Seven men have been cleared of forcing a director of Queens Park Rangers football club to resign at gunpoint moments before the start of a match. The allegation was set against the background of a struggle for power at the club.
By Chris Summers
If it had been scripted in an episode of Footballers' Wives it would have appeared far-fetched.
Andy Baker (pictured), 40, from North Petherton, Somerset - acquitted
Aaron Lacey, 37, from Watford, Hertfordshire - acquitted
David Davenport, 38, from Chesham, Bucks - acquitted
Michael Reynolds, 45, from Wood Green, north London - acquitted
David Morris, 50, from Chalfont St Giles, Buckinghamshire - acquitted
John McFarlane, 39, from Hayes, west London - acquitted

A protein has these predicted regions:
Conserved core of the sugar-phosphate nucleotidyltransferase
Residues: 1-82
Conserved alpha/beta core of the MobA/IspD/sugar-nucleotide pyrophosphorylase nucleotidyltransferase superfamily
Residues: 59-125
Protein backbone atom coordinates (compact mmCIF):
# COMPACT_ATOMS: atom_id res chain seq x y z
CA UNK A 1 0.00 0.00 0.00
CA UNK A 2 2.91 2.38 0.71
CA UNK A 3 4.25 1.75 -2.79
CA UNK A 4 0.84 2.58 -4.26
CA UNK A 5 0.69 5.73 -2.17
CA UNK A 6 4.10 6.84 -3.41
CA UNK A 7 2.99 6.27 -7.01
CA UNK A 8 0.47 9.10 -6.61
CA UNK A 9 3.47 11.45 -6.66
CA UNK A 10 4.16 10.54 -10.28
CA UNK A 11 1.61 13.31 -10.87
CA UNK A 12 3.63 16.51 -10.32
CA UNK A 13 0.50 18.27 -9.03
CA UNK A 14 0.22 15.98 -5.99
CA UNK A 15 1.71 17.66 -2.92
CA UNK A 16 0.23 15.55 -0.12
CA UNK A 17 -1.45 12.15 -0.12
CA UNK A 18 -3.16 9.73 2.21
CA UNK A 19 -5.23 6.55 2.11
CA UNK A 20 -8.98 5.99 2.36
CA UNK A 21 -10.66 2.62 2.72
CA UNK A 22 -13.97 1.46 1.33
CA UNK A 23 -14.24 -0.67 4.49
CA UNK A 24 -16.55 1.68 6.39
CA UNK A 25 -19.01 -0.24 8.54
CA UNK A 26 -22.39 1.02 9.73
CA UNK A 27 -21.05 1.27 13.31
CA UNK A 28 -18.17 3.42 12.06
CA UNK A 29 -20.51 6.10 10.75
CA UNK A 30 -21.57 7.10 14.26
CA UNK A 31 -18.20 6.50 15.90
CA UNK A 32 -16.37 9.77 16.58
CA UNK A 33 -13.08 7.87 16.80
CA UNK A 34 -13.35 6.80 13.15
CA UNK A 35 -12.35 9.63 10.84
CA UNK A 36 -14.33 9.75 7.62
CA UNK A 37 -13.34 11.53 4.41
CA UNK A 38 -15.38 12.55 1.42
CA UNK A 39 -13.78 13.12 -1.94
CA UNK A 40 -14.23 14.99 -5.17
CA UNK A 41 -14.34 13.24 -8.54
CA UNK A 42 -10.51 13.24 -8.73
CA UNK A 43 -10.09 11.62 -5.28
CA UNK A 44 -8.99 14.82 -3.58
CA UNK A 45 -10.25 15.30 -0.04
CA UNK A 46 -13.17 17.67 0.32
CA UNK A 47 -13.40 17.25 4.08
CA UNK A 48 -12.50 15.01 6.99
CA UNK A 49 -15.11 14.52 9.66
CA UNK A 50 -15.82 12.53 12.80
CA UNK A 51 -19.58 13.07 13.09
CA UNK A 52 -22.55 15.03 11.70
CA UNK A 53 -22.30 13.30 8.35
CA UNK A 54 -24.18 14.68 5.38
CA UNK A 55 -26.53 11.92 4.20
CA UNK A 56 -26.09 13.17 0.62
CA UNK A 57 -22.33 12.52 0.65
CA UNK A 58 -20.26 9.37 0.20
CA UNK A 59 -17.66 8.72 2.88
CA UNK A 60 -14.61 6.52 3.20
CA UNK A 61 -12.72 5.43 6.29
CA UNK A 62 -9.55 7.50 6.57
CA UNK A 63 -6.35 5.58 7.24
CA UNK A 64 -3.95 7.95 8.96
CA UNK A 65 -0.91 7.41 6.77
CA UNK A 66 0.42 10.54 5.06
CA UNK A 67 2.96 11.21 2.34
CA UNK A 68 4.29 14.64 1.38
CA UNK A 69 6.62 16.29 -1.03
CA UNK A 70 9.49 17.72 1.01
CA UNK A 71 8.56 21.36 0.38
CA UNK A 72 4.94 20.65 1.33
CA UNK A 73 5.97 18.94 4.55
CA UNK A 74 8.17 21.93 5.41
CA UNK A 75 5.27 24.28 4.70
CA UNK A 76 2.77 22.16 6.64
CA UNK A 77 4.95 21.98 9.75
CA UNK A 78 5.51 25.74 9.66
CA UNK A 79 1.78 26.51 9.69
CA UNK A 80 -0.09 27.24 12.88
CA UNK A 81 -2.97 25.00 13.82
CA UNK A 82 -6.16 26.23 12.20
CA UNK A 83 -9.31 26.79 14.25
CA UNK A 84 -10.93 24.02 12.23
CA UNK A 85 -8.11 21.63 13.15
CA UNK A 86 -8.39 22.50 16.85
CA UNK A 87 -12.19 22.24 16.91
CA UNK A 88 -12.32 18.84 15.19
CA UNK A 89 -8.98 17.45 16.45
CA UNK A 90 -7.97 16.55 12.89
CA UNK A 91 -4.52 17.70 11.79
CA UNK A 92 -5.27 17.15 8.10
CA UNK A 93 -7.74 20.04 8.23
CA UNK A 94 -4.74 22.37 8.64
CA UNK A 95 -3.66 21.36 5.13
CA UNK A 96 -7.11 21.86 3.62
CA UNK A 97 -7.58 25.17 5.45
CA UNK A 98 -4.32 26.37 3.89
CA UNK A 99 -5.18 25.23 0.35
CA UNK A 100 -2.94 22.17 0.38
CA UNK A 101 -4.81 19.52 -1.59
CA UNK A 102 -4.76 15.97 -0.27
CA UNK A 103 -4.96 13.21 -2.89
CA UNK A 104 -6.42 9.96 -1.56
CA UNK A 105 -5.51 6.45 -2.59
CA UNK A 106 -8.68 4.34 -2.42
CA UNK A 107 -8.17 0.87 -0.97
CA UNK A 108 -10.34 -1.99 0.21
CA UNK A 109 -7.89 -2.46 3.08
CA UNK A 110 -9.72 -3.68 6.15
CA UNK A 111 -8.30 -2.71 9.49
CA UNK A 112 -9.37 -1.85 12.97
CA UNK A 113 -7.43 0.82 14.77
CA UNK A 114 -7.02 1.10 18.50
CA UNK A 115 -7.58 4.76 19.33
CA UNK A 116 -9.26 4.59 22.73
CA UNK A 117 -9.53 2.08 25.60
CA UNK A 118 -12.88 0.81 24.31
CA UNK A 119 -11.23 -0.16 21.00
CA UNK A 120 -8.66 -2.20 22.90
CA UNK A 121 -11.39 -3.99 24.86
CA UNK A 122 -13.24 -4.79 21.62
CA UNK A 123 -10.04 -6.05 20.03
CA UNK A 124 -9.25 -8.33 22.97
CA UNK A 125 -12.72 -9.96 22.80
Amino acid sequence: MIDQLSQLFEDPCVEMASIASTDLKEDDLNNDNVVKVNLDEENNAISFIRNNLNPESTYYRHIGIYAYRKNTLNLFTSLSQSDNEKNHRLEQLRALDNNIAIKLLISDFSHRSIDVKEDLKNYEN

Barry Powell, 34, from Greenford, west London - acquitted
Daniel Morris (David's brother) - has disappeared. A European warrant has been issued for his arrest
But what allegedly happened behind the scenes at QPR's Loftus Road ground before the kick-off in their first game of the 2005/06 season sounded stranger still.
Gianni Paladini, a 60-year-old former football agent whose client list had included top stars such as Fabrizio Ravanelli, Benito Carbone and Juninho, became involved with QPR in the summer of 2004.
The club, based in west London, finished fifth in the inaugural season of the FA Premier League but they dropped out of the lucrative elite in 1996 and had struggled financially ever since.
Also in 1996, music tycoon Chris Wright took over the club, but five years later he was forced to put the club into administration due to crippling debts.